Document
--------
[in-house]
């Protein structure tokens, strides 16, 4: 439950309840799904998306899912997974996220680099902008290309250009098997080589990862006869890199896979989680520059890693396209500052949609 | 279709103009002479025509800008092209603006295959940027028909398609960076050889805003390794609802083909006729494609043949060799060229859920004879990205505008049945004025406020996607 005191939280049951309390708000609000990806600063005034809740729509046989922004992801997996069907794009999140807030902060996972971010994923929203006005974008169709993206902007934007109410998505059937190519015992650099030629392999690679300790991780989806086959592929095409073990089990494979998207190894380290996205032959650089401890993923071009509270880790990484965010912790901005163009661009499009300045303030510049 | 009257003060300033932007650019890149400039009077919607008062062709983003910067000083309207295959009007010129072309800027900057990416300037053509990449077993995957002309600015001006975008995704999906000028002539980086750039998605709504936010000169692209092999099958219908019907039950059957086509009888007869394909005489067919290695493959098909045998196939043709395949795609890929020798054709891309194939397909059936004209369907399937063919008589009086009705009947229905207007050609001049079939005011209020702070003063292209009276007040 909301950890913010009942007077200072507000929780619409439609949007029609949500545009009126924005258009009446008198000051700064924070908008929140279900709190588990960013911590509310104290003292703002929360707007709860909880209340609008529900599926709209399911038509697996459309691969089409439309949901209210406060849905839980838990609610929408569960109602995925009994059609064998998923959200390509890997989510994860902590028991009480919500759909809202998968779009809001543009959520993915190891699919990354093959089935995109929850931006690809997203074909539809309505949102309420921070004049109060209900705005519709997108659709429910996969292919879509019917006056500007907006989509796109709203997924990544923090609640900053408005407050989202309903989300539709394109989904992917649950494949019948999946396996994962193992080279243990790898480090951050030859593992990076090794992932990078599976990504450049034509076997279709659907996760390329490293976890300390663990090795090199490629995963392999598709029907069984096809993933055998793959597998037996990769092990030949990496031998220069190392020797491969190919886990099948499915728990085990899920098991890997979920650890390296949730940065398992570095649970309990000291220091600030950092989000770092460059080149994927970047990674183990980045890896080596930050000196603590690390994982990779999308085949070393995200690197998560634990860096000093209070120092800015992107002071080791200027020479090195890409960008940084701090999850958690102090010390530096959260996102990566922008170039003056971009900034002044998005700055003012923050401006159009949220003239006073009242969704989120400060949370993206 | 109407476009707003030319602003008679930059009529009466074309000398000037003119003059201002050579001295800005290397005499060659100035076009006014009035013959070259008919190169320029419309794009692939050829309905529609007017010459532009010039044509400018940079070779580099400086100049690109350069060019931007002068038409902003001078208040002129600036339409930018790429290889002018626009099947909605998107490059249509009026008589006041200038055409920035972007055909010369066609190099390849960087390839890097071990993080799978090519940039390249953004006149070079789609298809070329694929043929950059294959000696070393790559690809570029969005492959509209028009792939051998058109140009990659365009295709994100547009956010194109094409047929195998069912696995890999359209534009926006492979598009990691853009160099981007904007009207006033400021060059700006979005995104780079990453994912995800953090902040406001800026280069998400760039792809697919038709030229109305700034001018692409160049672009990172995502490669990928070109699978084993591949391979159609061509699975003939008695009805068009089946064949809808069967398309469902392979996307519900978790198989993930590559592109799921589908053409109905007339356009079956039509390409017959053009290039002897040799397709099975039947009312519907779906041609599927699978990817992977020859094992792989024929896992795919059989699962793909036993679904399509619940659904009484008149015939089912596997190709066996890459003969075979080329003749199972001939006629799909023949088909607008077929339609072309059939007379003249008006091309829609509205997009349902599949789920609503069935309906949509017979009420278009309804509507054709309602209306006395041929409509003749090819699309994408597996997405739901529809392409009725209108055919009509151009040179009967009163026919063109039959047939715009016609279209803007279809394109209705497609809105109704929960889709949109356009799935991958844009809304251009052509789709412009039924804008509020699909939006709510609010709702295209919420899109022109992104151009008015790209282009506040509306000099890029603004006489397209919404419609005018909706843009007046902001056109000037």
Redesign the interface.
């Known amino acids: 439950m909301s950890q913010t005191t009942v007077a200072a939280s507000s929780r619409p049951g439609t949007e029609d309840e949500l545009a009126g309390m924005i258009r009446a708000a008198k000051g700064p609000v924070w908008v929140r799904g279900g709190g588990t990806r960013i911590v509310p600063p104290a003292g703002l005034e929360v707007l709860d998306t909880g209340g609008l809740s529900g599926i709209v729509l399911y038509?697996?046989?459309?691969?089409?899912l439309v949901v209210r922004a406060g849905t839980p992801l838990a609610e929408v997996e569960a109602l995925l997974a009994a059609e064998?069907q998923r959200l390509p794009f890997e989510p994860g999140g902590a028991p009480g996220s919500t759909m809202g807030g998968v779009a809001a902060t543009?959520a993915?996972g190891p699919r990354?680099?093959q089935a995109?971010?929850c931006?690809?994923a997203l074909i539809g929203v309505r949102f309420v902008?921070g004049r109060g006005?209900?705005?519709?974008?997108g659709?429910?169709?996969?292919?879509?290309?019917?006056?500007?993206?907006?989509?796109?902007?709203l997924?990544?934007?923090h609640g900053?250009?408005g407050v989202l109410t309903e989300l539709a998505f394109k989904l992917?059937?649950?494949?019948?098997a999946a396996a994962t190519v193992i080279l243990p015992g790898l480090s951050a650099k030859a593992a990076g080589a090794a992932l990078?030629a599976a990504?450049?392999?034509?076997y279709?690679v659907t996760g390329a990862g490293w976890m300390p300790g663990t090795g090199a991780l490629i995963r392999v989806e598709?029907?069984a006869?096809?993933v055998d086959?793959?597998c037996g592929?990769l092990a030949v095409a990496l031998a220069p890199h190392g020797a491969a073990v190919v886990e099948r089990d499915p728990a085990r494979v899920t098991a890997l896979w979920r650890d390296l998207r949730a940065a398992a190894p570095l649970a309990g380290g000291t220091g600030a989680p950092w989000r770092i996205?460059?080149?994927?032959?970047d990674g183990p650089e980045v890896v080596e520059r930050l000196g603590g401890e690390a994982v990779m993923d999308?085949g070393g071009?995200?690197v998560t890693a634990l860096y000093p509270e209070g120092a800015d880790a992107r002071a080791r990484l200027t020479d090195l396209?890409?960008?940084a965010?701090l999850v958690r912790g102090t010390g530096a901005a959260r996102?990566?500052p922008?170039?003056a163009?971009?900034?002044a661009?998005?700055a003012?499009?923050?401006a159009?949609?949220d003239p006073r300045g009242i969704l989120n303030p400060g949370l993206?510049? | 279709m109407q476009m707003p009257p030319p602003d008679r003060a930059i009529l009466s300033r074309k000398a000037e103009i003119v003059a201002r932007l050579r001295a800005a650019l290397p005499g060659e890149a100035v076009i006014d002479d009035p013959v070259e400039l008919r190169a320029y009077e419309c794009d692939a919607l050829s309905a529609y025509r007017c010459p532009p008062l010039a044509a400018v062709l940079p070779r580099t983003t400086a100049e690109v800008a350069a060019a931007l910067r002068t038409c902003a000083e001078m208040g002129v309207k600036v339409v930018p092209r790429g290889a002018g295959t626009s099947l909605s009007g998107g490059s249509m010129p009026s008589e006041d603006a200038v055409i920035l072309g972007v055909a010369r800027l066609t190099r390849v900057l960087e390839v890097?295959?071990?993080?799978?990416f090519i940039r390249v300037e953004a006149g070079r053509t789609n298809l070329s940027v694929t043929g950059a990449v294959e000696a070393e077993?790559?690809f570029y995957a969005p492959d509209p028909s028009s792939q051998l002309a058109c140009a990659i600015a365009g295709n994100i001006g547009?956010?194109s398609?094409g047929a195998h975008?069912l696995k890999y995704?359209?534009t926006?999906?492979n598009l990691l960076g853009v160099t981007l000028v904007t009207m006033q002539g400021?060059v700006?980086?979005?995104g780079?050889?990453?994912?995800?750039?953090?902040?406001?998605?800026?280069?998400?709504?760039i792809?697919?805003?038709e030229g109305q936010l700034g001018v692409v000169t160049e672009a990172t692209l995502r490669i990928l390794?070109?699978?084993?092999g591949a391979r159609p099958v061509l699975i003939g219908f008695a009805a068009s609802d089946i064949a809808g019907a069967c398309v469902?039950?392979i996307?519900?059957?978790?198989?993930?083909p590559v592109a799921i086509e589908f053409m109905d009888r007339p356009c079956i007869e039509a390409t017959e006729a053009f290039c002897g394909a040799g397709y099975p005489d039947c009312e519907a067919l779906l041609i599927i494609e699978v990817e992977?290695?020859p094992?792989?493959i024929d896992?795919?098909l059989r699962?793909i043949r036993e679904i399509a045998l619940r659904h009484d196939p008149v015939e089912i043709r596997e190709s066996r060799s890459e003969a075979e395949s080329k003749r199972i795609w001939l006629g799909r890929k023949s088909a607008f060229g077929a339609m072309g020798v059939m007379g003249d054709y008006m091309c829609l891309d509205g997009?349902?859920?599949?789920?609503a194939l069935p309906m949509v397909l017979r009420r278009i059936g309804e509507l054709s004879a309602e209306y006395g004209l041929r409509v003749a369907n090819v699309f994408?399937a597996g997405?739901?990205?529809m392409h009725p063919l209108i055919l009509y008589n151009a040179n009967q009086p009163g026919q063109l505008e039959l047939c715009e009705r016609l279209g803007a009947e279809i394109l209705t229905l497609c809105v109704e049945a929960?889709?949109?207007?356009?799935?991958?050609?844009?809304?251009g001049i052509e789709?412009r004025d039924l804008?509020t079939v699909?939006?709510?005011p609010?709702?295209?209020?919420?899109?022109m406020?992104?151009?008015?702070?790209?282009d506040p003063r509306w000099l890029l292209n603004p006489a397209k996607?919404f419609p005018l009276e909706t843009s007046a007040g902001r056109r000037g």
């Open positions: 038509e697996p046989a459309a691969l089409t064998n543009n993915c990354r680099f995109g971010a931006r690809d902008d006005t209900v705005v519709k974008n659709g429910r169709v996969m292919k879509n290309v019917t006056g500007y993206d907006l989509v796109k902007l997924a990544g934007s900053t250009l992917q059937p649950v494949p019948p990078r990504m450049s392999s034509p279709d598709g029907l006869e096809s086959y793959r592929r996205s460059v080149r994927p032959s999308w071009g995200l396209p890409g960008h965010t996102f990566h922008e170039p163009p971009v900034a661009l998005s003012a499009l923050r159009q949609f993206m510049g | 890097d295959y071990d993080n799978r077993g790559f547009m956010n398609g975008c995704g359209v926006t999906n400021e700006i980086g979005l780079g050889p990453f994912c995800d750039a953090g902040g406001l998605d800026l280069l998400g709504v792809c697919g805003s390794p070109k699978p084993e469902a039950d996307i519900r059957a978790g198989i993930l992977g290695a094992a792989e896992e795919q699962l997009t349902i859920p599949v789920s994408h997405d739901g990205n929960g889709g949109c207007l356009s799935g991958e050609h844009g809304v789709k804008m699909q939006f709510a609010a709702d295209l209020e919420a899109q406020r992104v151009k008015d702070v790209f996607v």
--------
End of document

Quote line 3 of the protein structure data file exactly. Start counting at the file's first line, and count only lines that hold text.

Redesign the interface.